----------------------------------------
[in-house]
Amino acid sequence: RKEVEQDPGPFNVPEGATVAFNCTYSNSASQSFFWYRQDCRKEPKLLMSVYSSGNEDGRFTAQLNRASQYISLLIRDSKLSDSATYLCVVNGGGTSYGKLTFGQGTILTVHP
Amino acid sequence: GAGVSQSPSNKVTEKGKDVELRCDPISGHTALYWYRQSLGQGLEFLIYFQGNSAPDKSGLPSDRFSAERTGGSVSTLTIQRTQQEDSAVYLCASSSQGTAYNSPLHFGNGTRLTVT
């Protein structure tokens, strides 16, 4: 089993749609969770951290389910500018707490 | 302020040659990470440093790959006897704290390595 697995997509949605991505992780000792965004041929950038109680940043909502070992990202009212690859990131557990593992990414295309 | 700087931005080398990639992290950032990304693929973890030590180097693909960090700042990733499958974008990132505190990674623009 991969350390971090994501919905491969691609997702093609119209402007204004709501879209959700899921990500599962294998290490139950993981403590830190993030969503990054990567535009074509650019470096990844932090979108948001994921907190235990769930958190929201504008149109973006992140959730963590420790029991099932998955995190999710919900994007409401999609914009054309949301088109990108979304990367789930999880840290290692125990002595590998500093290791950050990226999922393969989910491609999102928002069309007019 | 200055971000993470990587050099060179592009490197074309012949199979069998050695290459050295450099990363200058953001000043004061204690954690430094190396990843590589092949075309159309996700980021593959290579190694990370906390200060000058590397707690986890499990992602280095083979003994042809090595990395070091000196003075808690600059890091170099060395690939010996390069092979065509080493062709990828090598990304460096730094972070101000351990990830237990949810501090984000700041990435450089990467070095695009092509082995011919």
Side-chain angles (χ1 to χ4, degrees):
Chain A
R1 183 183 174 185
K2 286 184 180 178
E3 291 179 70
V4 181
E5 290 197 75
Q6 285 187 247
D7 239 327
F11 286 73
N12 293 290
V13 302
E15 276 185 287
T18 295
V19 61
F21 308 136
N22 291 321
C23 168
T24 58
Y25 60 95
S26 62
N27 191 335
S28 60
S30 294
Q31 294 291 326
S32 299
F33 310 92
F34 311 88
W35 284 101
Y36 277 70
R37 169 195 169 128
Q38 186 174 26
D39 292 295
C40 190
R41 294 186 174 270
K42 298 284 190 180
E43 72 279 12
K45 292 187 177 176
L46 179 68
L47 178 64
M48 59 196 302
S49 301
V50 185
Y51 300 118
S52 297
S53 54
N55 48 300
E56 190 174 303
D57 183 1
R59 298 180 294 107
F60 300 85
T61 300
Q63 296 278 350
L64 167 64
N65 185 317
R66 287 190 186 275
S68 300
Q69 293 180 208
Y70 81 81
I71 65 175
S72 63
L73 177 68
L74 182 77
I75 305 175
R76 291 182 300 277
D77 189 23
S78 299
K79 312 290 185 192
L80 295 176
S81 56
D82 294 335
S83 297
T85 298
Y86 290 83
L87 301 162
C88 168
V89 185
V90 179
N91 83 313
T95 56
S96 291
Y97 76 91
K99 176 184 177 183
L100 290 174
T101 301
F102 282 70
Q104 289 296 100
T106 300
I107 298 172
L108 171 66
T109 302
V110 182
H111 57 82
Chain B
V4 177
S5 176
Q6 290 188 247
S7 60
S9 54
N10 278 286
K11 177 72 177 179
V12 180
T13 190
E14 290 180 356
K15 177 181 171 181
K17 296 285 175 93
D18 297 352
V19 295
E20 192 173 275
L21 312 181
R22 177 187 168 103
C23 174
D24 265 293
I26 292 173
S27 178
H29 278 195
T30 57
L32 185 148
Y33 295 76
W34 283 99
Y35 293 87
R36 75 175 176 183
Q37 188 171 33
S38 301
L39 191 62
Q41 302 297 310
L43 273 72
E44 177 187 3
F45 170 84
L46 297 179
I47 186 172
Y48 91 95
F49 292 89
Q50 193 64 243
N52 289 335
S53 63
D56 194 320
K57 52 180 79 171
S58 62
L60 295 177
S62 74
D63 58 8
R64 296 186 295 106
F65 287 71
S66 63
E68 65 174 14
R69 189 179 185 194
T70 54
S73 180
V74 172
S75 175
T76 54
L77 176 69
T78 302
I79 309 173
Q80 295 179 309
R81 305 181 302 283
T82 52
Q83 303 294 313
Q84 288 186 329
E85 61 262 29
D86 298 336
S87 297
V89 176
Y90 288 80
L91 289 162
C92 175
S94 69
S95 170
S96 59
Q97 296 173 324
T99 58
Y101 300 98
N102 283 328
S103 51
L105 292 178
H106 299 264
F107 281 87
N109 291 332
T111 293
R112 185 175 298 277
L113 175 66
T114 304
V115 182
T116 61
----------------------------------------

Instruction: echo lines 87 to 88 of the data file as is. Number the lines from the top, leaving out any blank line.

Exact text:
K99 176 184 177 183
L100 290 174